How can anyone in their right mind view praise from David Duke to be a good thing?

At this point one wonders if any major Republican figure will make some major stand against Trump for this, as have a few members of his manufacturing council who have resigned in protest.

Love to see it, but I’m not holding my breath.   When you’ve been dancing with the devil it is tough to bow out.  Especially when you still believe he might do you some good despite much evidence to the contrary.


P. S. – The white supremacist activities figure to blossom and I think it useful to read this portrait of what I think of as the new white far right.   They aren’t just your grandfather’s KKK or even neo-Nazi’s but various new groups of largely young men, usually clean cut and at times well spoken and well organized.   More attractive white supremacists.

Also, Antifa will undoubtedly be showing up at these white supremacist rallies and unfortunately provide a foil for the likes of Donald Trump to point to as say….  “see, they’re to blame, too.”   Take a glance at them.

That was the Week that Was

The administration of Donald Trump has been unusual from the beginning, but it has morphed into something surreal.   No, more than that.  What word means more surreal than surreal?   Let me see, how about “nuts”?

I have been working on a post that tries to capture what this past week has been like and what it says about this dysfunctional, loony tunes administration, but it has been more than I can handle.  Like trying to get back into the pants I wore in high school.  Not to mention that the words I’ve tried convey a sense of “the sky is falling the sky is falling”.  Well, maybe it is.   But running around screaming doesn’t help, other than my own need to vent.

Fortunately,  Ruth Marcus outlines the White House chaos in calm, relatively short fashion in a Washington Post column titled “The White House is Imploding.”   It doesn’t include everything weird that has happened recently, most notably the sudden priority our Twit-in-Chief has placed on cleaning out our military of those fussy transgender types,  as if North Korea’s nuclear rattling, Middle East chaos and Putin’s nefarious ways belong on back burners.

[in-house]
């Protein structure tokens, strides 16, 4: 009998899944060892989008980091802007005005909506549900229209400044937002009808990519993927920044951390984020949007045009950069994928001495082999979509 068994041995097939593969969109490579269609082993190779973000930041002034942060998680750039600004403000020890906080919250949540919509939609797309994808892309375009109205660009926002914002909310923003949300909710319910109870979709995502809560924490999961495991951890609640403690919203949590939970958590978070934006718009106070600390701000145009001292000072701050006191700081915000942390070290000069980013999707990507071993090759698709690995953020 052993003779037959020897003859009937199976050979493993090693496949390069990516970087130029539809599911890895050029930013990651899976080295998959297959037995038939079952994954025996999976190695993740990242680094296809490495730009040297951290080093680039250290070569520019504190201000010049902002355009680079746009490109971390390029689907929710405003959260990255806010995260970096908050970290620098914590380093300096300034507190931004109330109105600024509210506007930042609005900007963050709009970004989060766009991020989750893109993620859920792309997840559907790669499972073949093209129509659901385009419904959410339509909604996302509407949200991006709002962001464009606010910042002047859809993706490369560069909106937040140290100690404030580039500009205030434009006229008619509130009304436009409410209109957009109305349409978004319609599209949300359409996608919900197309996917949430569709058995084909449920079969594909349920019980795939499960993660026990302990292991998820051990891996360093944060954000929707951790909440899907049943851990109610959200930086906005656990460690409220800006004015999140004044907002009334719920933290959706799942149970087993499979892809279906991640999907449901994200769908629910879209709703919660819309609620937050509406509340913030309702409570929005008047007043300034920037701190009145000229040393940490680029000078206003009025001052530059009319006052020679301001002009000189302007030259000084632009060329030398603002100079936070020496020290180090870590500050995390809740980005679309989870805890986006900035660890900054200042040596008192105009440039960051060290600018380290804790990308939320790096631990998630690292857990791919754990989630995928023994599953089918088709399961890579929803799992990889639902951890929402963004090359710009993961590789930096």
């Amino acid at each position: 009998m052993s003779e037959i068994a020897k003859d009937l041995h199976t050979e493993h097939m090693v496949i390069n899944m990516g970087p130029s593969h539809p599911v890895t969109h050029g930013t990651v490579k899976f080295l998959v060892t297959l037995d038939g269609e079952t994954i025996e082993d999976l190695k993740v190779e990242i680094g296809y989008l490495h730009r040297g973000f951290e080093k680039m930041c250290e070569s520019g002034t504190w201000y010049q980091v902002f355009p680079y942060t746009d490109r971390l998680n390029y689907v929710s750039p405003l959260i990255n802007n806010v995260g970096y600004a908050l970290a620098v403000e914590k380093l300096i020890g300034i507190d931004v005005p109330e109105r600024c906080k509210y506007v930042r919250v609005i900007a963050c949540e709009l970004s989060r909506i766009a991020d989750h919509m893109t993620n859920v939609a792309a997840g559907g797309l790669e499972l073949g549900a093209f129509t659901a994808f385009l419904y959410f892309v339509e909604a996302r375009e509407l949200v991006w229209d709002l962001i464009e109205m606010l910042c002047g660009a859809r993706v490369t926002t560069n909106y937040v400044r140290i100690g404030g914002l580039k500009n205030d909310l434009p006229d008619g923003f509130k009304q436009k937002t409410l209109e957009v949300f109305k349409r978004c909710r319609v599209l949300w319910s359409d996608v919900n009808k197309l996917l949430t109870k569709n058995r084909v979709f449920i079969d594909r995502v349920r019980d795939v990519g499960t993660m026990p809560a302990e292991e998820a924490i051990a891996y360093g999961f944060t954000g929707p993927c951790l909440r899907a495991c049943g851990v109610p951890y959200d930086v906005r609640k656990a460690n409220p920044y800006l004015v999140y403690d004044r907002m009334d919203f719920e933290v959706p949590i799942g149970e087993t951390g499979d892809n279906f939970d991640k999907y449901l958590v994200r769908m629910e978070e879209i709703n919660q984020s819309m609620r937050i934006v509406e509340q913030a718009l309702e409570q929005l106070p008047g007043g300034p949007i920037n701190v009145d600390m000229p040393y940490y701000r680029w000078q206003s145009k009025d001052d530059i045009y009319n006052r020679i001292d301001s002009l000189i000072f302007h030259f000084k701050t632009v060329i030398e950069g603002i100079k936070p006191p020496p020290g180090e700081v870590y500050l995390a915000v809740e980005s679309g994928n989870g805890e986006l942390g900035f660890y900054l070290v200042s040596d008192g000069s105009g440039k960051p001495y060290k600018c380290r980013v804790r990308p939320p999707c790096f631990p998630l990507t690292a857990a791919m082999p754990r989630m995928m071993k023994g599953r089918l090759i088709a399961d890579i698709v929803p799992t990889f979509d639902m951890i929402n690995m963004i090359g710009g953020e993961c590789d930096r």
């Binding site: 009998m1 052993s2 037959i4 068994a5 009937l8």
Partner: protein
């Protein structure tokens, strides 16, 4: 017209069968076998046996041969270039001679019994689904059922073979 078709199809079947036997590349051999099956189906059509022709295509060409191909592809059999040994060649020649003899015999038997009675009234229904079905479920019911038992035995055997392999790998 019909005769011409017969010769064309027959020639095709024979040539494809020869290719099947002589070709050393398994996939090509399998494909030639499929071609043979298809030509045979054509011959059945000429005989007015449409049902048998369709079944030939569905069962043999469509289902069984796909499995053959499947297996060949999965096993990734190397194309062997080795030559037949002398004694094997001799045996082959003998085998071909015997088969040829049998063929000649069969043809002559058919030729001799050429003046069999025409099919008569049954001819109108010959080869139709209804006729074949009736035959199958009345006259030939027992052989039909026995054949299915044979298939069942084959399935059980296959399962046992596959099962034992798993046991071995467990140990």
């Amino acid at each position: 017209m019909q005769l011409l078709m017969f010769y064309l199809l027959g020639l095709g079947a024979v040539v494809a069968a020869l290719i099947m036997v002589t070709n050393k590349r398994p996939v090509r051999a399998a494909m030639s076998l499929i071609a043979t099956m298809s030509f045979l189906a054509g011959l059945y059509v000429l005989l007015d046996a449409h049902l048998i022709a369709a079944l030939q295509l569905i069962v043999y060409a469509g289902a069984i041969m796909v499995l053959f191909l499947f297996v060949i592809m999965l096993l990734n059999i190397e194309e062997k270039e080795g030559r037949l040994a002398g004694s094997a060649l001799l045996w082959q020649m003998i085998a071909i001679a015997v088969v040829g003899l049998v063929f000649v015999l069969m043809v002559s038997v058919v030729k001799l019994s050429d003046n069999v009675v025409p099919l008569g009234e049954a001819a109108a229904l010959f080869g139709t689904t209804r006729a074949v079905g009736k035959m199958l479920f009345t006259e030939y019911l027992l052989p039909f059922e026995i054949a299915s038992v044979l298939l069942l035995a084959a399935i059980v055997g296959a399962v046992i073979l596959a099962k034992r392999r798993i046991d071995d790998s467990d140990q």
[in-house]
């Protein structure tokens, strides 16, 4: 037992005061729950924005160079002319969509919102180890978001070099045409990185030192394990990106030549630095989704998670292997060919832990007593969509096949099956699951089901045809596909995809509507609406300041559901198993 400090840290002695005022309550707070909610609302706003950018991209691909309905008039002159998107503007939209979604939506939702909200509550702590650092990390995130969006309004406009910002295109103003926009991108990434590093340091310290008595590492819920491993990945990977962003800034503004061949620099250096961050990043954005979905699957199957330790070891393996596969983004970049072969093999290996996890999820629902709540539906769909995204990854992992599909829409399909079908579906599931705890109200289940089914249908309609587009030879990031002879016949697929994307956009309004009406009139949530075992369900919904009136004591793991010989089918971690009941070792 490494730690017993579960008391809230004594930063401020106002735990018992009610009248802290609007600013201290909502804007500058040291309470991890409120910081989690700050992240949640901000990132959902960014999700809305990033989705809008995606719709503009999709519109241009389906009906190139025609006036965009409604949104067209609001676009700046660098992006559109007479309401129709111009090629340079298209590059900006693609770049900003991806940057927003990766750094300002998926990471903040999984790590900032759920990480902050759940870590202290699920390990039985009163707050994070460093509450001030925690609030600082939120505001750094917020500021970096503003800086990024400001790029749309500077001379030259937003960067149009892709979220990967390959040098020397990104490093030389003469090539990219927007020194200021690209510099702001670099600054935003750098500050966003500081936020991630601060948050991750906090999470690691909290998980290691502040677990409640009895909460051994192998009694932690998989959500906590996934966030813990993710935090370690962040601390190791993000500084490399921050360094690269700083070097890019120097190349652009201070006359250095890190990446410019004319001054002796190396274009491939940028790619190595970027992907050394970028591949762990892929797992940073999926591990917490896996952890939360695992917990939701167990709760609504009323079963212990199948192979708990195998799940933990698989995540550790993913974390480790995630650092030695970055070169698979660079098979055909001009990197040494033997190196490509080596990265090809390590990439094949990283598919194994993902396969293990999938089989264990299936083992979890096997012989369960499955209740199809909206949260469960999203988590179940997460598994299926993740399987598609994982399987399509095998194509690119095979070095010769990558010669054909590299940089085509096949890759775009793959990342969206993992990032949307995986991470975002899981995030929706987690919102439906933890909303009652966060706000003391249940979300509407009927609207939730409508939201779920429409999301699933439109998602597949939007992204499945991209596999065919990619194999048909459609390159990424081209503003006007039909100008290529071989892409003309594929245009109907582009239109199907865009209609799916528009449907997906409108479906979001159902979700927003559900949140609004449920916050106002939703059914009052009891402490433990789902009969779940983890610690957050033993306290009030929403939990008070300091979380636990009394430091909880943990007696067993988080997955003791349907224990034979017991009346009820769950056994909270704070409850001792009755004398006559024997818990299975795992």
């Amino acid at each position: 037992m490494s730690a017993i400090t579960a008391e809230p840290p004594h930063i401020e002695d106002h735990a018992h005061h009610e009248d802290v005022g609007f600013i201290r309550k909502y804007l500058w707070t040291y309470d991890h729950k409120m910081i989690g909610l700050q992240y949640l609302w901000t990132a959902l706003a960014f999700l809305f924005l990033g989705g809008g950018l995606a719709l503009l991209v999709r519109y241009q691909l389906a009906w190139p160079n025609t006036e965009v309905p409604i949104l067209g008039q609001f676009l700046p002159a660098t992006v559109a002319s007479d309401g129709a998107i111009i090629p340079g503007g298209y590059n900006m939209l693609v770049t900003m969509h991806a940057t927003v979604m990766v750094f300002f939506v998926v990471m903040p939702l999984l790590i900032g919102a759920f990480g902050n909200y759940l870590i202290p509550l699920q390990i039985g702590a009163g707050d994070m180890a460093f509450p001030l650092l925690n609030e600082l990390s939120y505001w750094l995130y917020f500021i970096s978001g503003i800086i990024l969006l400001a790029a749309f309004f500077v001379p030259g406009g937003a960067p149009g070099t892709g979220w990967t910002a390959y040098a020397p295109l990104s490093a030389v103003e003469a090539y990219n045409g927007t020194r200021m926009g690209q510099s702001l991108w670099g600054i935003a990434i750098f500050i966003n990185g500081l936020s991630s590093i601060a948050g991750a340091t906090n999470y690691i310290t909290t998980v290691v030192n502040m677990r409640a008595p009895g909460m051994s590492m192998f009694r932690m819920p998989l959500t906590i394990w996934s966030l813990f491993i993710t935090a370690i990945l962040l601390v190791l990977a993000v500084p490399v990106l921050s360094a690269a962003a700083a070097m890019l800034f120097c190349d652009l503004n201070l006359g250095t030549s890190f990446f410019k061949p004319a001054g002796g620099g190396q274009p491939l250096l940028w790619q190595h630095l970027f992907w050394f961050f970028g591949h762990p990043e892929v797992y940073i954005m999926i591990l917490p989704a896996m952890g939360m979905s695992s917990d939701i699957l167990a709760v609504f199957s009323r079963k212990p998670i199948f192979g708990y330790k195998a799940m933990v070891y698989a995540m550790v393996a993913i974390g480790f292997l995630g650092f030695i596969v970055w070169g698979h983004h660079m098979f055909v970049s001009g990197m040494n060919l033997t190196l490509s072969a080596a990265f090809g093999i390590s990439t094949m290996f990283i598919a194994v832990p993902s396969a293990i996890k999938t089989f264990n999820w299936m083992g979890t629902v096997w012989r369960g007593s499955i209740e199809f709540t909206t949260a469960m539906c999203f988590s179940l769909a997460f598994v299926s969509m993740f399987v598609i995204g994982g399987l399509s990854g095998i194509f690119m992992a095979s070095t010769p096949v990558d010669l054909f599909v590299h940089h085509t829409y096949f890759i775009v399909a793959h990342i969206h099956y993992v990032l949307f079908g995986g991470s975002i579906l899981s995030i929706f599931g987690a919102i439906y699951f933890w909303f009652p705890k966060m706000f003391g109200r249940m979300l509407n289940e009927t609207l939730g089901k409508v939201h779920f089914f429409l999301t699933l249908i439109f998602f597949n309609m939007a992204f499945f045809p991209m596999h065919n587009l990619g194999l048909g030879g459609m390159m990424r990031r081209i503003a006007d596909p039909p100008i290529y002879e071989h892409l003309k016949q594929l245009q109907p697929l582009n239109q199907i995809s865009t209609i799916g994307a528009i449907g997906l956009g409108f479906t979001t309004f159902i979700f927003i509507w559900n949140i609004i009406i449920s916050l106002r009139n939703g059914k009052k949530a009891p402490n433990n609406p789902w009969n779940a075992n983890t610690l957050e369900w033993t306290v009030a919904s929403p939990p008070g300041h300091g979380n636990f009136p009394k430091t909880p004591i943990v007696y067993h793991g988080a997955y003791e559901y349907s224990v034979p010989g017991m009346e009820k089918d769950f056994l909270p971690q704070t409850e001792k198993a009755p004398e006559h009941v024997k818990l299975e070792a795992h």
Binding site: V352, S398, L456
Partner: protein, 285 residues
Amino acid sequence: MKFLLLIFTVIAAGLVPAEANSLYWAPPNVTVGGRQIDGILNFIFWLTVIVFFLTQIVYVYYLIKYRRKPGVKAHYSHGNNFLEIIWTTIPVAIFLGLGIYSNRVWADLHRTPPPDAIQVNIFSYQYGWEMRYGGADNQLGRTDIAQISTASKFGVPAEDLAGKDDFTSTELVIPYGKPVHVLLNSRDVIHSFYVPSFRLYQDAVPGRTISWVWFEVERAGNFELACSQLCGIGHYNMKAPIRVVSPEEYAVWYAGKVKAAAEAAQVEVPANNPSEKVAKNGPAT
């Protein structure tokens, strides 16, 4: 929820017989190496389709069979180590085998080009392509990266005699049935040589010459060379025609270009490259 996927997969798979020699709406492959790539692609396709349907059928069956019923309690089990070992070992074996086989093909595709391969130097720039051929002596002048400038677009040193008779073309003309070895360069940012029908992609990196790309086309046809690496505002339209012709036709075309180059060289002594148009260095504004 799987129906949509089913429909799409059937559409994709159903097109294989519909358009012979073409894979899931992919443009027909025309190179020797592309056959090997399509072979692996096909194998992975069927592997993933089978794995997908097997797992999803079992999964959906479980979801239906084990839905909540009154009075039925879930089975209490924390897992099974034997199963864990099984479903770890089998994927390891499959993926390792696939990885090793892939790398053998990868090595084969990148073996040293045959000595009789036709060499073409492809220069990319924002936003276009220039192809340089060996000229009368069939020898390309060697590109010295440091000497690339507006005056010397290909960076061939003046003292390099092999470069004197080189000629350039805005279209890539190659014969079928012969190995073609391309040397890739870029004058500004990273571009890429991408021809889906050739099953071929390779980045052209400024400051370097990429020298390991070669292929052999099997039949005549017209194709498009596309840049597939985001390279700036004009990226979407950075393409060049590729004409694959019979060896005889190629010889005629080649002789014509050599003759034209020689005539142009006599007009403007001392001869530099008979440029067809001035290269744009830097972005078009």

But, Marcus gives the gist of the incompetency of Donald Trump when it comes to playing president.   Once again reminding us that we have elected a child president whom we must all work around to get anything done.

Here is the column.


P. S. – The title of the post is stolen from a popular British TV show back in 1963 credited with being the first to satirize the British government.   The people loved it; not surprisingly the government did not.  I imagine our Saturday Night Live owes a debt of gratitude to that show.

“When the World is Led by a Child”

I think of Donald Trump as the boy who would be king rather than the man who is president.  Certainly he acts like he thinks he’s king, ignoring traditional protocols and government norms and treating his children, and one particular spouse, as princes and a princess, his closest advisors.  Also, he acts like a difficult child who won’t pay attention, wants what he wants right now and has temper tantrums.

That is the gist of the abnormal, even surreal, political environment our Republic has fallen prey to and it makes a difference in how to deal with this so-called president.   It is his impulsivity, his inability to pay attention and desperation for approval which prompt him to careen all over the place, like a small child behind the wheel of a car.

You just can’t hand him the keys and wish him well.

I believe many people in positions of authority both at home and abroad see Trump in this way and their reaction is to work around him not with him.  The key is to appease him or ignore him, whatever it takes to go about one’s own work.   The recent meeting of the G20 nations is illustrative of this tendency, as the gathering now can be seen as the G19 who conducted business around our boy king, such as affirming the Paris climate accord.

I will elaborate more on that in a future post.  Right now I want to provide support for what I’ve just said by directing you to an essay by David Brooks, a moderate conservative columnist, a fine writer and deep thinker.  I stole the title of his piece because it captures my contention so well and Brooks’ analysis goes deeper and is better than I could write myself.

He illuminates Trump’s immaturity and then sums up why we can’t count on him to be our leader:  Trump is “sloppy, because he lacks all impulse control, and above all because he is a 7-year-old boy desperate for the approval of those he admires.”

Here is a link to the essay.    It is worth reading a couple of times.  Let it sink in.

I’ll make you a deal.  You read that twice and I won’t darken your email door until at least Wednesday.